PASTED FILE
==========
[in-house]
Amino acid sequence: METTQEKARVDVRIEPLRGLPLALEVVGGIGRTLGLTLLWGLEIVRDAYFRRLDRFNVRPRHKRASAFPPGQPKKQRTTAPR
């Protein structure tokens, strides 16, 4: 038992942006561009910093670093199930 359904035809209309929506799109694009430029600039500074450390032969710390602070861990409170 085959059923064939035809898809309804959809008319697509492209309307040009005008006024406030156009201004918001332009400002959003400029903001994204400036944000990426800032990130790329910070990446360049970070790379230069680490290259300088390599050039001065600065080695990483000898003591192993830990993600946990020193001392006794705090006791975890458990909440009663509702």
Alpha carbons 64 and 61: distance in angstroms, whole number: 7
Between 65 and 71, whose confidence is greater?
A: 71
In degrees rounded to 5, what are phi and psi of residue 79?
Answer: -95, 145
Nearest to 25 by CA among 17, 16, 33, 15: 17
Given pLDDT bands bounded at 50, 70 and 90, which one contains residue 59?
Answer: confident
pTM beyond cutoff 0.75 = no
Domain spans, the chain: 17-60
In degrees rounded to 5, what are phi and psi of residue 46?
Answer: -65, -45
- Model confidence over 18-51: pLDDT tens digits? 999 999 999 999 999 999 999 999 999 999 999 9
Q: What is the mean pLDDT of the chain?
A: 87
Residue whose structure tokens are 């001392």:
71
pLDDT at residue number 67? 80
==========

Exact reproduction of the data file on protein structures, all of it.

[in-house]
Amino acid sequence: METTQEKARVDVRIEPLRGLPLALEVVGGIGRTLGLTLLWGLEIVRDAYFRRLDRFNVRPRHKRASAFPPGQPKKQRTTAPR
């Protein structure tokens, strides 16, 4: 038992942006561009910093670093199930 359904035809209309929506799109694009430029600039500074450390032969710390602070861990409170 085959059923064939035809898809309804959809008319697509492209309307040009005008006024406030156009201004918001332009400002959003400029903001994204400036944000990426800032990130790329910070990446360049970070790379230069680490290259300088390599050039001065600065080695990483000898003591192993830990993600946990020193001392006794705090006791975890458990909440009663509702």
Alpha carbons 64 and 61: distance in angstroms, whole number: 7
Between 65 and 71, whose confidence is greater?
A: 71
In degrees rounded to 5, what are phi and psi of residue 79?
Answer: -95, 145
Nearest to 25 by CA among 17, 16, 33, 15: 17
Given pLDDT bands bounded at 50, 70 and 90, which one contains residue 59?
Answer: confident
pTM beyond cutoff 0.75 = no
Domain spans, the chain: 17-60
In degrees rounded to 5, what are phi and psi of residue 46?
Answer: -65, -45
- Model confidence over 18-51: pLDDT tens digits? 999 999 999 999 999 999 999 999 999 999 999 9
Q: What is the mean pLDDT of the chain?
A: 87
Residue whose structure tokens are 């001392």:
71
pLDDT at residue number 67? 80